Here we go. It’s not on the “major” sites yet because the gov’t doesn’t want to scare everyone like they should be. It’s the frog in the water on the stove. They’ll let these little leaks to smaller outlets come first then the “big news” will hit and by then…it’s too late to stop it. Time to wake up folks.
Health law risks turning away sick
07/01/10 07:13 PM ET–
The Obama administration has not ruled out turning sick people away from an insurance program created by the new healthcare law to provide coverage for the uninsured.
Critics of the $5 billion high-risk pool program insist it will run out of money before Jan. 1, 2014. Thats when the program sunsets and health plans can no longer discriminate against people with pre-existing conditions.
Theres a certain amount of money authorized in the statute, and we will do our best to make sure that that amount of money insures as many people as possible and does as much good as possible, said Jay Angoff, director of the Office of Consumer Information and Insurance Oversight at the Department of Health and Human Services (HHS). I think its premature to say [what happens] when its gone.
The administration has not discussed asking Congress for more money down the line if the $5 billion runs out before Jan. 1, 2014. Uninsured sick people could start applying for participation in the high-risk insurance pools on Thursday.
Healthcare experts of all stripes warned during the healthcare debate that $5 billion would likely not last until 2014. Millions of Americans cannot find affordable healthcare because of their pre-existing conditions, and that amount would only cover a couple hundred thousand people, according to a recent study by the chief Medicare actuary.
Republicans continued to hammer that point on Thursday, asking HHS officials to brief them about the program.
We are deeply concerned that these pools may not provide quality coverage or will limit enrollment, Reps. Joe Barton (R-Texas), John Shimkus (R-Ill.) and Michael Burgess (R-Texas), the ranking members on the Energy and Commerce panel and its health and oversight subcommittees, wrote in a letter to HHS Secretary Kathleen Sebelius.
The letter requests a briefing on high-risk pools by July 15, particularly on three topics: protections and services in place to make sure that access is efficient and unimpeded; whether HHS believes the program is financially sustainable through 2013; and details about how each states pool will be administered and what options theyll have available.
Leading health reform advocate Ron Pollack, founding executive director of Families USA, said the pools were a very imperfect tool that could be implemented quickly but were the best option available for the interim period before 2014.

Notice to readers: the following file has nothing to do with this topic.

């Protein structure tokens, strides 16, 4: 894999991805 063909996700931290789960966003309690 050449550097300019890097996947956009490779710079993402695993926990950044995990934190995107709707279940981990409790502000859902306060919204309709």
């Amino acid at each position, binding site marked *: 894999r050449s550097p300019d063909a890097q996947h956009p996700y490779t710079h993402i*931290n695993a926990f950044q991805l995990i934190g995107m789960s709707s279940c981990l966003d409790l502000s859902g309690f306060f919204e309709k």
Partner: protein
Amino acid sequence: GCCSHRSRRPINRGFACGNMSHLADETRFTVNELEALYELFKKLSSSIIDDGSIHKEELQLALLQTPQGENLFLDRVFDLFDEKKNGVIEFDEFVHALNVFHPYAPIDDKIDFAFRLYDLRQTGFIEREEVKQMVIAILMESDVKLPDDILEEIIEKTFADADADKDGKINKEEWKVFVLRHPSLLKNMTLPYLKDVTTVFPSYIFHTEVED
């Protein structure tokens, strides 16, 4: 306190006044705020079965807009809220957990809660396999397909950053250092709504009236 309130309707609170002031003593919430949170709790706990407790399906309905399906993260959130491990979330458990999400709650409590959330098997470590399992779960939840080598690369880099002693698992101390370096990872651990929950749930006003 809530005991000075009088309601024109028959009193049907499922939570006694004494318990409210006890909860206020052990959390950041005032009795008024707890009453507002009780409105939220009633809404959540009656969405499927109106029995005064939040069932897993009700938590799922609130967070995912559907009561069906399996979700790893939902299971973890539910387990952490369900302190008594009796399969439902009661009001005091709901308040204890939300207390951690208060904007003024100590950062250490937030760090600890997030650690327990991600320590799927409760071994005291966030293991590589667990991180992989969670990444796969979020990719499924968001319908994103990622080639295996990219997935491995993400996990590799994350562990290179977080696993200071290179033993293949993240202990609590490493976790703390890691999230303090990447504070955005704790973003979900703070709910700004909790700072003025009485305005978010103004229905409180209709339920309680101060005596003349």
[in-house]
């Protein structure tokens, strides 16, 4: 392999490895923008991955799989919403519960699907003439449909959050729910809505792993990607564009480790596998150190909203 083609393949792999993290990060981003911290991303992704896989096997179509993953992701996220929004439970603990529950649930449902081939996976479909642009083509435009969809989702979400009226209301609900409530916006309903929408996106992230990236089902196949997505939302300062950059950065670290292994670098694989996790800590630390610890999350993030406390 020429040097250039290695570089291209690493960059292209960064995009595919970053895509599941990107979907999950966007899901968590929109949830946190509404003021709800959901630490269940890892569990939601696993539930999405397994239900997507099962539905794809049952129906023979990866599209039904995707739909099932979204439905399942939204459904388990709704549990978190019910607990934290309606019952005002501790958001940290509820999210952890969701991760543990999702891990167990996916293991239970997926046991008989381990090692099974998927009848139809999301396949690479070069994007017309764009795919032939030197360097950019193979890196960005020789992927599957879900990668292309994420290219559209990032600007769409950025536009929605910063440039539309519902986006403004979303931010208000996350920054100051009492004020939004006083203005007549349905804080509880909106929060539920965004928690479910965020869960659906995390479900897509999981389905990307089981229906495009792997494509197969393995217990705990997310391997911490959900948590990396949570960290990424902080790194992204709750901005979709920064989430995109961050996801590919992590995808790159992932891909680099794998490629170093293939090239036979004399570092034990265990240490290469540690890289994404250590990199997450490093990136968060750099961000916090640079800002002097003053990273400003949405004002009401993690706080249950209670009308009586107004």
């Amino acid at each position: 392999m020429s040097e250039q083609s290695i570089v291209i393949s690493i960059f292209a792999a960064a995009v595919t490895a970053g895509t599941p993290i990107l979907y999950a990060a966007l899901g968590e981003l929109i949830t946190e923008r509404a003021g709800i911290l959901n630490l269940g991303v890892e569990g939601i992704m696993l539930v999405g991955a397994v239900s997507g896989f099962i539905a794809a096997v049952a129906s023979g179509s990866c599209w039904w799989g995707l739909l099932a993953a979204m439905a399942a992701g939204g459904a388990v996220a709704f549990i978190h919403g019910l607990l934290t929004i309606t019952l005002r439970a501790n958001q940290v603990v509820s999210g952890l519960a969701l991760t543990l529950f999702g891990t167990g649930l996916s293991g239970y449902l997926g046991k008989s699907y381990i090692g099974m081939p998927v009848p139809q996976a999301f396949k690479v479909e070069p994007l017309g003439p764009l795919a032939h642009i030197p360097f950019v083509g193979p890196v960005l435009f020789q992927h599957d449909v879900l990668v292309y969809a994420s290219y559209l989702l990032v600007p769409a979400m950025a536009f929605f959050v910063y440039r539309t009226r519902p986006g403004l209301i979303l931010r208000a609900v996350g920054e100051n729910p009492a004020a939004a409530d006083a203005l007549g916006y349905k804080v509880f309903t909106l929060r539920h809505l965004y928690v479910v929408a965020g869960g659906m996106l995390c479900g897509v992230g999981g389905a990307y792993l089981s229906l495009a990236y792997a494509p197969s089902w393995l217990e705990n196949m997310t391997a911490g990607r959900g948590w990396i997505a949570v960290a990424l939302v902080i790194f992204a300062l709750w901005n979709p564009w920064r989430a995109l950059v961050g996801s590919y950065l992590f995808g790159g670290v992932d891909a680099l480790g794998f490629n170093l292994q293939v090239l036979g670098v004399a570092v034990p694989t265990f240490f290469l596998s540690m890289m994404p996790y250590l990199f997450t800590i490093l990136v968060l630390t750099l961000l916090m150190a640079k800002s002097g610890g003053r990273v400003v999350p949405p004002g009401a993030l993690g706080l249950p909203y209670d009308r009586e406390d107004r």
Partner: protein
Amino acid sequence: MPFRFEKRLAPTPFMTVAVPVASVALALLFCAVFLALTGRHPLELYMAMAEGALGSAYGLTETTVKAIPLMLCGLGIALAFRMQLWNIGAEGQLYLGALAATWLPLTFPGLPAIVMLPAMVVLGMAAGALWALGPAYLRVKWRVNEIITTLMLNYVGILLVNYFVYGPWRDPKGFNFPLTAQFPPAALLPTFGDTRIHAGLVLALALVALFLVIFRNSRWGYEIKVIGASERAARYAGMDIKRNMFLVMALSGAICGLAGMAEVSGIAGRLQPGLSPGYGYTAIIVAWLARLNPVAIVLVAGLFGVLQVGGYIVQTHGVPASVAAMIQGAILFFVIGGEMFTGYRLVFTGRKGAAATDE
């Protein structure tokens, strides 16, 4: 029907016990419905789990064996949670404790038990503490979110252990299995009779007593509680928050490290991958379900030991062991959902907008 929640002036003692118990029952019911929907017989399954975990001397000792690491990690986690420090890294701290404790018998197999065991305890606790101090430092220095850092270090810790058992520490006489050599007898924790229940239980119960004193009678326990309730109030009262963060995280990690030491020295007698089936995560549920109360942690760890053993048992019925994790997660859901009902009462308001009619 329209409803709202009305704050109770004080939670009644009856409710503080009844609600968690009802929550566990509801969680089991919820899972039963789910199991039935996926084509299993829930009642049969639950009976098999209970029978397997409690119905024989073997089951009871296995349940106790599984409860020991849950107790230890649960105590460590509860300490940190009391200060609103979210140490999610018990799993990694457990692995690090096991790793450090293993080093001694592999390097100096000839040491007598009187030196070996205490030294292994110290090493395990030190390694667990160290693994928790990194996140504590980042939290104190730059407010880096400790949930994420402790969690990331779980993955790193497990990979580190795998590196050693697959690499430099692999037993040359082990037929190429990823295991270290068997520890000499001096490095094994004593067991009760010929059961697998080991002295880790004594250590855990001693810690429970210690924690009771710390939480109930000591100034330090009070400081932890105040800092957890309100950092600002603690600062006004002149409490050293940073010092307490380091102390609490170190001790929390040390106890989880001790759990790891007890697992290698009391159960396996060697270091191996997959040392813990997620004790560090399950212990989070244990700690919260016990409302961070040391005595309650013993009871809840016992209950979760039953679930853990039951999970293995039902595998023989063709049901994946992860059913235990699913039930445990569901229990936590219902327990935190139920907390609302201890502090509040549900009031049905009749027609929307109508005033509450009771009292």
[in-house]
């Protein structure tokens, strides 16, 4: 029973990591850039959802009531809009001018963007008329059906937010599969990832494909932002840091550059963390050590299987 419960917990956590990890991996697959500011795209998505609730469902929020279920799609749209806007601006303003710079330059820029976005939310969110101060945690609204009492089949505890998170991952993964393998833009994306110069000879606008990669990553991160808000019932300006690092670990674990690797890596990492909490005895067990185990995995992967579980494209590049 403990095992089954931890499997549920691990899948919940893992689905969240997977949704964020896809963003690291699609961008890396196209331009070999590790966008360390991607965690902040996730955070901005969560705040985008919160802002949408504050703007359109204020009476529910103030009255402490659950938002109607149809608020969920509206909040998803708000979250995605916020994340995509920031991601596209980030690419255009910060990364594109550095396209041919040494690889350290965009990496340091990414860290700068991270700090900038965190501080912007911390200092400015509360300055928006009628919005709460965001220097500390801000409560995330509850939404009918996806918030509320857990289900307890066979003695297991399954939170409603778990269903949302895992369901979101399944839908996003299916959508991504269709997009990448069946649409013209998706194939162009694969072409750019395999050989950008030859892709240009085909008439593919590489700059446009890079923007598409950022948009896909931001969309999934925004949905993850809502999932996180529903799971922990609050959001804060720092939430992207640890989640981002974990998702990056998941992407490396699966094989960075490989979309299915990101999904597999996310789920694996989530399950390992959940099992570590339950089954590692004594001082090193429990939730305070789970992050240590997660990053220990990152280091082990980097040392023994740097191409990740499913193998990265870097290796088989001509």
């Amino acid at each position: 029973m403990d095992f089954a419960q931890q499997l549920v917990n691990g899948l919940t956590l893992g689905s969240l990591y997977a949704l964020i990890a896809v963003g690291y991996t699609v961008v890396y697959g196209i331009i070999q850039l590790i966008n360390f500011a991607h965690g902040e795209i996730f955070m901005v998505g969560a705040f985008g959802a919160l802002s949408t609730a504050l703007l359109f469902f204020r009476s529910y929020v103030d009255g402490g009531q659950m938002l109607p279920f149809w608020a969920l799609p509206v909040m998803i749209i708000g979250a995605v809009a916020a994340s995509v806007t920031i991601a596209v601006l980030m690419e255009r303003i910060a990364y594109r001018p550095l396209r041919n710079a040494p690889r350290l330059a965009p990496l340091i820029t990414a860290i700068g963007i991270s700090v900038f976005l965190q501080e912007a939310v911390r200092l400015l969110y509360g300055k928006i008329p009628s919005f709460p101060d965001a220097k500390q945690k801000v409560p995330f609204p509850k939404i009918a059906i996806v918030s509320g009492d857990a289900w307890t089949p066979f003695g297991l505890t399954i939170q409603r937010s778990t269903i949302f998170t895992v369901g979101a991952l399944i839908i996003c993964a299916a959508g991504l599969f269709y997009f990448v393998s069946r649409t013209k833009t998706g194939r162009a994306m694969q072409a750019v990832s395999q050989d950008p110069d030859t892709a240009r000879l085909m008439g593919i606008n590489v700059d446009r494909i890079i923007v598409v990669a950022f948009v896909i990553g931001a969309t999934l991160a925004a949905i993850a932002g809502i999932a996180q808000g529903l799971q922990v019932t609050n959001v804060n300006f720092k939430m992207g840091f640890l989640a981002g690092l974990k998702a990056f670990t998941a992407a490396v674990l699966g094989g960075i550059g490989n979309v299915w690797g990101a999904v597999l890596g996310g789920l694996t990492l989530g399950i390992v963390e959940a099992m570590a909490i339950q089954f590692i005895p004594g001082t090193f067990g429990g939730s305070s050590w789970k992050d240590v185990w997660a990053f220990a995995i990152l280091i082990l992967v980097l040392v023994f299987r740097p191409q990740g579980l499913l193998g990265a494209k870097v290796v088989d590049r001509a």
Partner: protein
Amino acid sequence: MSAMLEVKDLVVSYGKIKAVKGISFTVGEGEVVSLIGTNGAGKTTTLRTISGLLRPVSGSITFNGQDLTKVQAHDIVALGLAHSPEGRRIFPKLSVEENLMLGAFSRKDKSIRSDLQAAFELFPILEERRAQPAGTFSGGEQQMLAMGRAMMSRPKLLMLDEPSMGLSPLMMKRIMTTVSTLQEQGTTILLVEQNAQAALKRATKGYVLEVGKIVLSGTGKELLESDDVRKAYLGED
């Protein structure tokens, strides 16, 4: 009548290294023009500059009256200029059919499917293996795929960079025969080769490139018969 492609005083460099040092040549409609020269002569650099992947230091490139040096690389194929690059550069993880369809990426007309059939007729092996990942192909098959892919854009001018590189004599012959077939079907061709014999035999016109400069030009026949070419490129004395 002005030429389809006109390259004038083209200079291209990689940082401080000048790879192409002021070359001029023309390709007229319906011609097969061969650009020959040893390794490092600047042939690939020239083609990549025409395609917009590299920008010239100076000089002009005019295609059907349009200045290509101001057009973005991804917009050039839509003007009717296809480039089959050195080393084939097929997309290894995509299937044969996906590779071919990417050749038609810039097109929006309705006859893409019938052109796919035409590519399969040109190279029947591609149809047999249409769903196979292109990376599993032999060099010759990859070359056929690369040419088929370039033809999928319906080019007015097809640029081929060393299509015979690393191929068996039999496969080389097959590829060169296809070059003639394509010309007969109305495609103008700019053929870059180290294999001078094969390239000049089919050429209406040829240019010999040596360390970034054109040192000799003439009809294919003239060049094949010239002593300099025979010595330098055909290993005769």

The pools are going to be helpful for a significant number of people, he told The Hill, but nobody thought theyre the ultimate answer for helping people with pre-existing conditions.
Still, he didnt rule out that Families USA could press lawmakers to allocate more money in a few years if it looks like the program needs it.
Each state has a certain budget allocation for its pool, and the first step to stay under budget would be to shift money around between states that dont see a lot of applicants and those that do, said Richard Popper, deputy director of the Office of Consumer Information and Insurance Oversight at HHS.
If we have that situation where we have strong demand in one state and not as strong demand in another state, the secretary of HHS after a year or two has the authority to reallocate the funding, said Popper, who used to run Marylands high-risk pool.
In addition, Popper said, many people wont be able to afford to participate in the program since premiums will range between about $140 and $900 a month, depending on applicants age and where they live. HHS estimates that at least 200,000 people will be in the program at any one time. To be eligible, applicants have to be citizens or nationals of the United States or be lawfully present; have a pre-existing medical condition; and have been uninsured for at least six months before applying for the high-risk pool plan.
There are going to be meaningful premiums that are going to be required to stay in this plan premiums in the hundreds of dollars every month, Popper said. There are a significant number of people out there with pre-existing conditions who are uninsured, but a significant number of those people … also have limited income. And some of them, while they may need this plan, the premiums may not be something they can afford.
We have that to think about as well, he added. But for those who can afford it, this is going to be a great, great plan.
If it looks like too many people are signing up states will get monthly updates on how many people they can cover with the money they have left theres always the option of turning people down.
The bill does give the secretary authority to limit enrollment in the plan … nationally or on a state-by-state basis, Popper said. So that is present, but at this point, were starting with no one in the plan as of today … so we dont see that happening anytime soon.